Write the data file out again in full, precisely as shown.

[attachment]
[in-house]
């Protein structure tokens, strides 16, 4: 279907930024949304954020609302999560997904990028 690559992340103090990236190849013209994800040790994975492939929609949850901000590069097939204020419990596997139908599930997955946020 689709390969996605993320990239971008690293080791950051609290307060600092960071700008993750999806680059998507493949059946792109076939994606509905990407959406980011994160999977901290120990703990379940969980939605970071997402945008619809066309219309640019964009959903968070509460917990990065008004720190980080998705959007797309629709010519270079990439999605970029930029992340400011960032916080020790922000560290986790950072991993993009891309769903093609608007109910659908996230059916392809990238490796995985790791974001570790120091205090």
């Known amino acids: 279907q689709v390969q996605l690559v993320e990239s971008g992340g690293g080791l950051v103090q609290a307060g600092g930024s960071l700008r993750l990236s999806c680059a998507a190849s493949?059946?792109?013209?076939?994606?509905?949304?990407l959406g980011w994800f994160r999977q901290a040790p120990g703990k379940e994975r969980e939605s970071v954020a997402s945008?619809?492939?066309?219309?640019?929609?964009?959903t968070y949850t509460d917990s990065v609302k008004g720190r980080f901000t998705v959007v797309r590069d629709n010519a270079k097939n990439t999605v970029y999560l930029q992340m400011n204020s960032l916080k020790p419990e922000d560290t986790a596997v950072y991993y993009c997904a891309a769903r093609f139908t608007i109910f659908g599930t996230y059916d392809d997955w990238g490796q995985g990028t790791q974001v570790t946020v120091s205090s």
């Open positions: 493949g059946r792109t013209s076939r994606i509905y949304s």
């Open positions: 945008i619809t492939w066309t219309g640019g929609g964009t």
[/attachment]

[in-house]
């Protein structure tokens, strides 16, 4: 279907930024949304954020609302999560997904990028 690559992340103090990236190849013209994800040790994975492939929609949850901000590069097939204020419990596997139908599930997955946020 689709390969996605993320990239971008690293080791950051609290307060600092960071700008993750999806680059998507493949059946792109076939994606509905990407959406980011994160999977901290120990703990379940969980939605970071997402945008619809066309219309640019964009959903968070509460917990990065008004720190980080998705959007797309629709010519270079990439999605970029930029992340400011960032916080020790922000560290986790950072991993993009891309769903093609608007109910659908996230059916392809990238490796995985790791974001570790120091205090």
């Known amino acids: 279907q689709v390969q996605l690559v993320e990239s971008g992340g690293g080791l950051v103090q609290a307060g600092g930024s960071l700008r993750l990236s999806c680059a998507a190849s493949?059946?792109?013209?076939?994606?509905?949304?990407l959406g980011w994800f994160r999977q901290a040790p120990g703990k379940e994975r969980e939605s970071v954020a997402s945008?619809?492939?066309?219309?640019?929609?964009?959903t968070y949850t509460d917990s990065v609302k008004g720190r980080f901000t998705v959007v797309r590069d629709n010519a270079k097939n990439t999605v970029y999560l930029q992340m400011n204020s960032l916080k020790p419990e922000d560290t986790a596997v950072y991993y993009c997904a891309a769903r093609f139908t608007i109910f659908g599930t996230y059916d392809d997955w990238g490796q995985g990028t790791q974001v570790t946020v120091s205090s």
């Open positions: 493949g059946r792109t013209s076939r994606i509905y949304s």
């Open positions: 945008i619809t492939w066309t219309g640019g929609g964009t």